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Monday, June 20, 2011

Bill McKibben: Obama Fails to Meet White House Solar Deadline

Obama Fails to Meet White House Solar Deadline
video of Bill McKibben on the David Letterman Show
Washington, DC — With less than 24 hours to go, it looks as if the Obama Administration will miss its self imposed deadline to install a new set of solar panels on the White House roof.

Last October 5, Sec. Steven Chu said in a statement, “I’m pleased to announce that, by the end of this spring, there will be solar panels and a solar hot water heater on the roof of the White House.” June 21st is the final day of spring and the White House roof is still bare. founder Bill McKibben, who led a campaign last fall to convince President Obama to install solar on the White House, reacted to the administration’s failure to meet it’s deadline:
“Well, we don’t have solar panels on the White House, but we do have a better sense of how hard you have to push to get even small change made,” said McKibben. “This was a no-brainer–the Republicans couldn’t filibuster it, the oil companies weren’t fighting it, and it still didn’t get done when they said it would.”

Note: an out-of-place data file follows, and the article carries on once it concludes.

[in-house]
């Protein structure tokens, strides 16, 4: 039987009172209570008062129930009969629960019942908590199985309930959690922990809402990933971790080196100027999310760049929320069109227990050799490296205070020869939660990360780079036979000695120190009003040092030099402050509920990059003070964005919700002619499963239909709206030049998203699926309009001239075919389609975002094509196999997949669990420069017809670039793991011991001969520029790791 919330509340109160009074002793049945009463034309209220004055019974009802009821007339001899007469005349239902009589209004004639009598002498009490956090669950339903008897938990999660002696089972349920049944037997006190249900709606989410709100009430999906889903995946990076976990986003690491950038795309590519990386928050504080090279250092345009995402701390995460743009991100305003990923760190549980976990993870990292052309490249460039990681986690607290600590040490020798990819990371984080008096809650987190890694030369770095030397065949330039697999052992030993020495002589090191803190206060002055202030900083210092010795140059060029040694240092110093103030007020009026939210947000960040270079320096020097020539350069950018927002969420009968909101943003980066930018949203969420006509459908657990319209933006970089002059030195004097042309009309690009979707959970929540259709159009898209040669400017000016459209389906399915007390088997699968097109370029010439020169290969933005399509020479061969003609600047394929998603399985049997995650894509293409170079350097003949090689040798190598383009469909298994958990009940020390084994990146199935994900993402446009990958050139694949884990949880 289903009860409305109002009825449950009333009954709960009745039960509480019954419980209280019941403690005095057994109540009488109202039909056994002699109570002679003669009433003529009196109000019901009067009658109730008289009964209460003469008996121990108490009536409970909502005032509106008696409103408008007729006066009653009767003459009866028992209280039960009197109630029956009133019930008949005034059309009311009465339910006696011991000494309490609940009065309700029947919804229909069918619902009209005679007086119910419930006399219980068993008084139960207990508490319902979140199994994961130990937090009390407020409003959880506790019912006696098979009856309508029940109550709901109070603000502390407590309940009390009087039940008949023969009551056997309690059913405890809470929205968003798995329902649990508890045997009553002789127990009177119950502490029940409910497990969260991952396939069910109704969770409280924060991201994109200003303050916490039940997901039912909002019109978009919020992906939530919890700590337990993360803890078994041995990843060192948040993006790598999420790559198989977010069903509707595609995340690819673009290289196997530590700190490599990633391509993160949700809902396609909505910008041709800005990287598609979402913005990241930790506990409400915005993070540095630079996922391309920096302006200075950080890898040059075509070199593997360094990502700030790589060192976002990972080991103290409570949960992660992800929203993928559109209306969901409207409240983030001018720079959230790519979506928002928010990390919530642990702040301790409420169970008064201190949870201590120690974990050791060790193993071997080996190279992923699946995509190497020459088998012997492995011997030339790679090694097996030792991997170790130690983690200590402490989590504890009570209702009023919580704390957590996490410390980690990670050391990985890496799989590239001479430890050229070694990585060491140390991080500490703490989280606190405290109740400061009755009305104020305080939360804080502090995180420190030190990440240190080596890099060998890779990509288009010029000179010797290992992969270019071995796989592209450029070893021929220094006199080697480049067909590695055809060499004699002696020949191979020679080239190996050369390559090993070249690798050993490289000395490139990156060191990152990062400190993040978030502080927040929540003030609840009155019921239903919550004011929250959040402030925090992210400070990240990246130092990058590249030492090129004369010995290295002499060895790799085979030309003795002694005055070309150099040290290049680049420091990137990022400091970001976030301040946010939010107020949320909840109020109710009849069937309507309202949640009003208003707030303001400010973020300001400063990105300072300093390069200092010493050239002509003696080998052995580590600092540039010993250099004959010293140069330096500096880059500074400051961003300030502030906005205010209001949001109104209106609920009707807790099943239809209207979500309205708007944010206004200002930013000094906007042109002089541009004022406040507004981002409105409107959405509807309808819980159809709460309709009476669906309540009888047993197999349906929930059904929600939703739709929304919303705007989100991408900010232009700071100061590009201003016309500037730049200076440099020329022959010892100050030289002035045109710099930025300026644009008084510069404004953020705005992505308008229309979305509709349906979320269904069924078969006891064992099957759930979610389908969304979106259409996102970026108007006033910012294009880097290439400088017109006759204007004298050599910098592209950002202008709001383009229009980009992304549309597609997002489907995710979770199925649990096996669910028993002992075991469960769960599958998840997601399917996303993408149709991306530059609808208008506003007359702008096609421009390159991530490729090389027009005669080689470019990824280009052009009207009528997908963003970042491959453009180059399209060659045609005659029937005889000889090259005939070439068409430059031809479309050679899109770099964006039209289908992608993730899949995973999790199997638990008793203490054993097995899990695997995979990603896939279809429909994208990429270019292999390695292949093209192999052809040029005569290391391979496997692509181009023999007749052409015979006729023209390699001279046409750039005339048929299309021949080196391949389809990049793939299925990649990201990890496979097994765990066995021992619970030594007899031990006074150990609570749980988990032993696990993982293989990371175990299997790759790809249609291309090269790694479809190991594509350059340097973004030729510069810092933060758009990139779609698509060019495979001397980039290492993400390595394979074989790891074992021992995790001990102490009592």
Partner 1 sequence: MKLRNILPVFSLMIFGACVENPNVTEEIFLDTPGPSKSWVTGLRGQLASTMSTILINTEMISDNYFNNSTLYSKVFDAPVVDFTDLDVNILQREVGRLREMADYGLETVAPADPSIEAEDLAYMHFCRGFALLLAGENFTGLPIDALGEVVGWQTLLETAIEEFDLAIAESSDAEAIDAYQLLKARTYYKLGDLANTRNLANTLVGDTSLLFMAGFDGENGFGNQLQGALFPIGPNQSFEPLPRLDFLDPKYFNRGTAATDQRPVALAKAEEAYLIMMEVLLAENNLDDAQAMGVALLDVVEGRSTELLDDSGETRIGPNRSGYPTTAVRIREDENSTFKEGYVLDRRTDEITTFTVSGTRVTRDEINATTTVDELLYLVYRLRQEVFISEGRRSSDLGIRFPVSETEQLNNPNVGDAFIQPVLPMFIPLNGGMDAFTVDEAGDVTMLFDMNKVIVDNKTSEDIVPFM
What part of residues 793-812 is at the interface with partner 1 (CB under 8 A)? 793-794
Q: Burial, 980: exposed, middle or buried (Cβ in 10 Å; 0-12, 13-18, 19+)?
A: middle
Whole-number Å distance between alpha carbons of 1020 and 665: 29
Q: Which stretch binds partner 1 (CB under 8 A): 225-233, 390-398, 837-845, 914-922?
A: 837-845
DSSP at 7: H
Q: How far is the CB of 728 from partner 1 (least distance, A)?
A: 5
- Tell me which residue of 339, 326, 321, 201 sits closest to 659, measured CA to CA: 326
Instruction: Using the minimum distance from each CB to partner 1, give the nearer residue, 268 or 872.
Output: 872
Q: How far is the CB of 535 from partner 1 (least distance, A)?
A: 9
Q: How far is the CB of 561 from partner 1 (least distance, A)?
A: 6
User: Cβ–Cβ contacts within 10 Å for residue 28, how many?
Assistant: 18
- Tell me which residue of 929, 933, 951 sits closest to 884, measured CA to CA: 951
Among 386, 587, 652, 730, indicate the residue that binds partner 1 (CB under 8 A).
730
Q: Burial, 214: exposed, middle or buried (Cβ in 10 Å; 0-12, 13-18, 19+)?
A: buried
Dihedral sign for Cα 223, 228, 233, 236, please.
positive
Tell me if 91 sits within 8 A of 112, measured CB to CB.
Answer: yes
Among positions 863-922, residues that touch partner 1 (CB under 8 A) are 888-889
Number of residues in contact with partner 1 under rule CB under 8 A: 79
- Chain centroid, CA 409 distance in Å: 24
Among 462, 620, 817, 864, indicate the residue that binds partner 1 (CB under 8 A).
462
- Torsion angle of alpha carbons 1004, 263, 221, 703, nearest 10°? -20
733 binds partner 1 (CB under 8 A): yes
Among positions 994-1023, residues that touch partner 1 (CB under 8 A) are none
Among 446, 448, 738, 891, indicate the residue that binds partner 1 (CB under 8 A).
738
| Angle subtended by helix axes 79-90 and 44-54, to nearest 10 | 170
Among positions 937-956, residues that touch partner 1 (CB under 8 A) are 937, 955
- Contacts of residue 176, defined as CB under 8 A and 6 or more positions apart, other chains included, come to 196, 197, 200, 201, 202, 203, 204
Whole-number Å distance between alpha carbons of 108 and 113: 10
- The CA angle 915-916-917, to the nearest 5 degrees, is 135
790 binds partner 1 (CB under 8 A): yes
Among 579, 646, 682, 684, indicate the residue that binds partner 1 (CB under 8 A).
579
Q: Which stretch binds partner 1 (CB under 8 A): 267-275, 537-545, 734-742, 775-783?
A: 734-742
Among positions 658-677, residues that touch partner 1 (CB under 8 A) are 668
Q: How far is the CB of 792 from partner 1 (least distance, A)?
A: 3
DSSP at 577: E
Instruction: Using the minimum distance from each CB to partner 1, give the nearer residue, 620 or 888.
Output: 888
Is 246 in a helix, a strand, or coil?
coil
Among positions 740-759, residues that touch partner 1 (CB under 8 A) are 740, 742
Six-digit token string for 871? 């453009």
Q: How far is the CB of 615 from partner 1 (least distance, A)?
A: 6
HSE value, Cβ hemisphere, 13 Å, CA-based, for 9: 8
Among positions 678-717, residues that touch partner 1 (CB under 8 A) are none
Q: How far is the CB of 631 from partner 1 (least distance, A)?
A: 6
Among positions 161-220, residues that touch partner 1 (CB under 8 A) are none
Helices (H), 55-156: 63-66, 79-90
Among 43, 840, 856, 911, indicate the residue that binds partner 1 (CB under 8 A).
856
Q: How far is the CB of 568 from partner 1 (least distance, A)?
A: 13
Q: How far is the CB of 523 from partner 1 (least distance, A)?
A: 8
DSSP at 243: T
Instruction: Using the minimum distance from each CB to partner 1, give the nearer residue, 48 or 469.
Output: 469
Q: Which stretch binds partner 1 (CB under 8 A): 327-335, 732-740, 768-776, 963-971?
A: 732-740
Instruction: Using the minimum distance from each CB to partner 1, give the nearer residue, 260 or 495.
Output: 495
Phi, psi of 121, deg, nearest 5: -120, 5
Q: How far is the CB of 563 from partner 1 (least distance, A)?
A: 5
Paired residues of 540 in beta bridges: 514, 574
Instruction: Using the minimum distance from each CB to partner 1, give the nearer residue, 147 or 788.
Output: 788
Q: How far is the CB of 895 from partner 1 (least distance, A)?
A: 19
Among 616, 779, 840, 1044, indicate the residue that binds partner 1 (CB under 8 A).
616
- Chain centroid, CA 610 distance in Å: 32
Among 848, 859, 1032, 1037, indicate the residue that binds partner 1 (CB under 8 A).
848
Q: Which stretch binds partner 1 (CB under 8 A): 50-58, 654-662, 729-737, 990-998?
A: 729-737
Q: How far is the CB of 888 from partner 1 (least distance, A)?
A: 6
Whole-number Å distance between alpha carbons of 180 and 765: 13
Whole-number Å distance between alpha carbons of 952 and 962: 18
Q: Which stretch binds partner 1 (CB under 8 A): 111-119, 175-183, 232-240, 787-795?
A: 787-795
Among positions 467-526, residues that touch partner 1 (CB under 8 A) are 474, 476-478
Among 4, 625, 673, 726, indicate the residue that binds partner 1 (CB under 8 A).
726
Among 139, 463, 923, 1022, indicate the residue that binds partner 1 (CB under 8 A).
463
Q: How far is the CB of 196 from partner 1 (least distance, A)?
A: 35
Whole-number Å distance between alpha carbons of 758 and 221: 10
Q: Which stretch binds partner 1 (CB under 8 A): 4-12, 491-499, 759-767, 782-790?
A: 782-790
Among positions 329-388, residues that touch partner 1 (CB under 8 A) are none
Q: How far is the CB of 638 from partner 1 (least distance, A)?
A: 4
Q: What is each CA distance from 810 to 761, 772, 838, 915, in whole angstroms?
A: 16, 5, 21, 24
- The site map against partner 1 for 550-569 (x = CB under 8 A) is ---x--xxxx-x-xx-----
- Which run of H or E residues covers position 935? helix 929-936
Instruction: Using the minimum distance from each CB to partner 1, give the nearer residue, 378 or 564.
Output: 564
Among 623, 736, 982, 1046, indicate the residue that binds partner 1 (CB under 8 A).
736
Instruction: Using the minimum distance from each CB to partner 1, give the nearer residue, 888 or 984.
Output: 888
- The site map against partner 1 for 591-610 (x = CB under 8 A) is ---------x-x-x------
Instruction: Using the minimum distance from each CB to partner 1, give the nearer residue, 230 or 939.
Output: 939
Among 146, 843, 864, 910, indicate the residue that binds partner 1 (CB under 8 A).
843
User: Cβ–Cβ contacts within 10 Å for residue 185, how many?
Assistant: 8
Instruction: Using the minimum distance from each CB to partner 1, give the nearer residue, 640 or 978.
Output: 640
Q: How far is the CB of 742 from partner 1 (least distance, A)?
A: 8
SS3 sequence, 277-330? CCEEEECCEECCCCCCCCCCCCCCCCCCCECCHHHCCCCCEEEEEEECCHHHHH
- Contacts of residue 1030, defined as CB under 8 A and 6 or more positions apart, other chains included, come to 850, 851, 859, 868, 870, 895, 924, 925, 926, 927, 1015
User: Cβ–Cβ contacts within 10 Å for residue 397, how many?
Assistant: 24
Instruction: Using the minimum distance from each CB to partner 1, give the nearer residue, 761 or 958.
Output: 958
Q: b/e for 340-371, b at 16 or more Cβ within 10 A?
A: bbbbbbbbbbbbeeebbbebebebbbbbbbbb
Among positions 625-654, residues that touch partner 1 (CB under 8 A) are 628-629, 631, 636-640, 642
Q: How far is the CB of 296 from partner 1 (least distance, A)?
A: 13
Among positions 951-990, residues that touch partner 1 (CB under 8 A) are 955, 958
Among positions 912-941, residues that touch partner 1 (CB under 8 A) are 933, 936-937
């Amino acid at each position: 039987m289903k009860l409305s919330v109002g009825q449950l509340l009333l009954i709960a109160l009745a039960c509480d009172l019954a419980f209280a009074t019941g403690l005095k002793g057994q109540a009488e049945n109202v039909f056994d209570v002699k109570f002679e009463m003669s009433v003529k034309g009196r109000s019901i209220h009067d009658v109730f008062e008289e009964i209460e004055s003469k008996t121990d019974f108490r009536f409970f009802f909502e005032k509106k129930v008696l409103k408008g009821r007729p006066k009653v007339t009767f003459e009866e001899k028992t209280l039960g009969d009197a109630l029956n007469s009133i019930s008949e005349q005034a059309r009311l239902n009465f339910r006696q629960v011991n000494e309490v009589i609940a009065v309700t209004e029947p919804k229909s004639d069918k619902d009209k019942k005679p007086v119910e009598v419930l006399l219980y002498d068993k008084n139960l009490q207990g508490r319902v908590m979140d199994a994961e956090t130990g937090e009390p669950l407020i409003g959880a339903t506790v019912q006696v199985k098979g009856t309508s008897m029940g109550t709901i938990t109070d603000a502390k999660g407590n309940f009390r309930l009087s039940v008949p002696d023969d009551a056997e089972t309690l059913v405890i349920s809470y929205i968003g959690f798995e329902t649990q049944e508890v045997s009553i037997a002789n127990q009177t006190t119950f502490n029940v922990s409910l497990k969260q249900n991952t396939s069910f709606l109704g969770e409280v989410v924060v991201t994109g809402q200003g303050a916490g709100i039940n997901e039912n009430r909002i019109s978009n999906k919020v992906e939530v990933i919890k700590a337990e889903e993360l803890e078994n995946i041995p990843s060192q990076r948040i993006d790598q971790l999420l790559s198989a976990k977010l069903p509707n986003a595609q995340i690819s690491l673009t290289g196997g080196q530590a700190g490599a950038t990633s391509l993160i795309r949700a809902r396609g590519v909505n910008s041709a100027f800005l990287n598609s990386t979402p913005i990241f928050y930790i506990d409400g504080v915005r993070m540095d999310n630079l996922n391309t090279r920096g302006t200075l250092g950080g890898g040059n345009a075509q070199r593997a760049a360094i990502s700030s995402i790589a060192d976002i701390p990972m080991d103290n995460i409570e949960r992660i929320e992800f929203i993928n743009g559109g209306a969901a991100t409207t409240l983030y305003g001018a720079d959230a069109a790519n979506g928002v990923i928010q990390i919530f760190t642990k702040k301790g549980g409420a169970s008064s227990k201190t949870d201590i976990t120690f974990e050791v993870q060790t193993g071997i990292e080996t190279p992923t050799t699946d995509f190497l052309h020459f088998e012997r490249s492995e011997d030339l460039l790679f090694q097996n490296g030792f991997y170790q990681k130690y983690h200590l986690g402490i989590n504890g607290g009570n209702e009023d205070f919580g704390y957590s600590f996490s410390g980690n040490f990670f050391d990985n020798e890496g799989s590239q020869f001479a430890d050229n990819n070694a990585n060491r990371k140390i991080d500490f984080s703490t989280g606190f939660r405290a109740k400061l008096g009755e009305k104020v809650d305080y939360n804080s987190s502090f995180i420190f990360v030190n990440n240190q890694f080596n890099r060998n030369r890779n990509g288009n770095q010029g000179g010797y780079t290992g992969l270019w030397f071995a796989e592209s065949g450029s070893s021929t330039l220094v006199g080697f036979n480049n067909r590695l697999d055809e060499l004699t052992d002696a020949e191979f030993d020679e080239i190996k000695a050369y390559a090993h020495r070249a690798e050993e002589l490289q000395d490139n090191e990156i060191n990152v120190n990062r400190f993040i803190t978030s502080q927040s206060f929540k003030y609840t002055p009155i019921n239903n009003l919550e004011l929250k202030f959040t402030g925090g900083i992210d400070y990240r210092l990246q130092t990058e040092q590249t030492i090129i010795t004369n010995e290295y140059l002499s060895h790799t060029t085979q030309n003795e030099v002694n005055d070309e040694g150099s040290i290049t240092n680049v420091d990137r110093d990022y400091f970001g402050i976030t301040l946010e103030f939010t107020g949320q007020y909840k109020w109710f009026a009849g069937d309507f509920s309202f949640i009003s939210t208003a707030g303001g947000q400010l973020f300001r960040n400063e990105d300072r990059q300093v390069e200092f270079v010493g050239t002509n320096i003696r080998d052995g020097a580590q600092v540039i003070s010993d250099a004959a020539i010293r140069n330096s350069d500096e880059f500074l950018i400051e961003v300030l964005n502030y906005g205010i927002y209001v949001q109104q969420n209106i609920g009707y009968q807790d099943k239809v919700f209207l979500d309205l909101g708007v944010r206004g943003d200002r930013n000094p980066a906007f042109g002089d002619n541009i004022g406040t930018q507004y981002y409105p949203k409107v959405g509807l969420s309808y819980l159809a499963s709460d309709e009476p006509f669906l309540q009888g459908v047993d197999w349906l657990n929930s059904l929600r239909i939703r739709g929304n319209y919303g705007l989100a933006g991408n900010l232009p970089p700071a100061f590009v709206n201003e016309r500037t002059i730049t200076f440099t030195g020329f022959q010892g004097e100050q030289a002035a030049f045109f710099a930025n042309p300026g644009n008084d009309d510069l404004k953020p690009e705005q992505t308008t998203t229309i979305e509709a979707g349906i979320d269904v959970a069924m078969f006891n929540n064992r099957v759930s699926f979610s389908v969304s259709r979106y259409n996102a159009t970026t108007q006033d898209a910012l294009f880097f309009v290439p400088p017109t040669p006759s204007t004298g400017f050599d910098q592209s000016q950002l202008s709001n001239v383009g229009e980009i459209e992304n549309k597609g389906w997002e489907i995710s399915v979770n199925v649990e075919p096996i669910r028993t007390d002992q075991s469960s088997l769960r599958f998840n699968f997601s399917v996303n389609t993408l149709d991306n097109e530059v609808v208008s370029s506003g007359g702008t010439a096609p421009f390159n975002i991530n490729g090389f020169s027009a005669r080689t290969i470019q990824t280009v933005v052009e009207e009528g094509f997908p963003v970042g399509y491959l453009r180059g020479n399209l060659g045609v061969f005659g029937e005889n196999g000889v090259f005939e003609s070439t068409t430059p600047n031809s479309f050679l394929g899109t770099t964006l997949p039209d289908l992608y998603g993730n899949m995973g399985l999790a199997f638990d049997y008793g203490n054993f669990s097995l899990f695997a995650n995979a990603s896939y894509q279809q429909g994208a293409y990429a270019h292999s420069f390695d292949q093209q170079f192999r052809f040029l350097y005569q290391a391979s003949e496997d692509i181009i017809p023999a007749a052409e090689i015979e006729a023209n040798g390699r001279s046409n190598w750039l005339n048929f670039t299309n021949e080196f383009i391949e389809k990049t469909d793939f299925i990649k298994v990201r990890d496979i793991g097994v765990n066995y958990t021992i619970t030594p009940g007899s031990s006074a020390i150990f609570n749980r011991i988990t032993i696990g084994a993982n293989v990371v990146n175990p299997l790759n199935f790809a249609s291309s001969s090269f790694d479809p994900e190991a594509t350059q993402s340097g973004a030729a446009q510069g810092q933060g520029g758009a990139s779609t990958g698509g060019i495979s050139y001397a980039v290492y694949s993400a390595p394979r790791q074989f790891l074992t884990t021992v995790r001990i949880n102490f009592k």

Over the last week, and CREDO Action have collected over 100,000 signatures on a letter asking President Obama to meet his deadline and over 700 supporters have called the White House directly. So far, the administration has declined repeated requests for a comment on when the installation will take place.
The installation will not be the first time panels graced the roof of 1600 Pennsylvania Avenue. On June 21st, 1979, exactly 32 years ago today, President Jimmy Carter dedicated a dedicate a $28,000 solar-heating system to provide hot water, saying “A generation from now, this solar heater can either be a curiosity, a museum piece, an example of a road not taken, or it can be just a small part of one of the greatest and most exciting adventures ever undertaken by the American people.”
In 1986, President Reagan removed the panels and a number of them ended up at Unity College, a small environmental college in Maine. Last fall, McKibben and a group of Unity students drove a Carter-era panel back to the White House with a request for new panels to be installed on the roof. The group was initially rejected, but a month later, the administration announced panels would be up by this spring.
Today, McKibben vowed to keep up the pressure on the Administration to lead by example, “Barack Obama told his supporters after the election that he needed constant pressure–from now on we’ll do our best to provide it, and on issues even more significant than this.”
A new Yale survey shows that shows that support for clean energy is almost unanimous with 91 percent of Americans saying that “developing sources of clean energy should be a very high (32%), high (35%), or medium (24%) priority for the president and Congress.”

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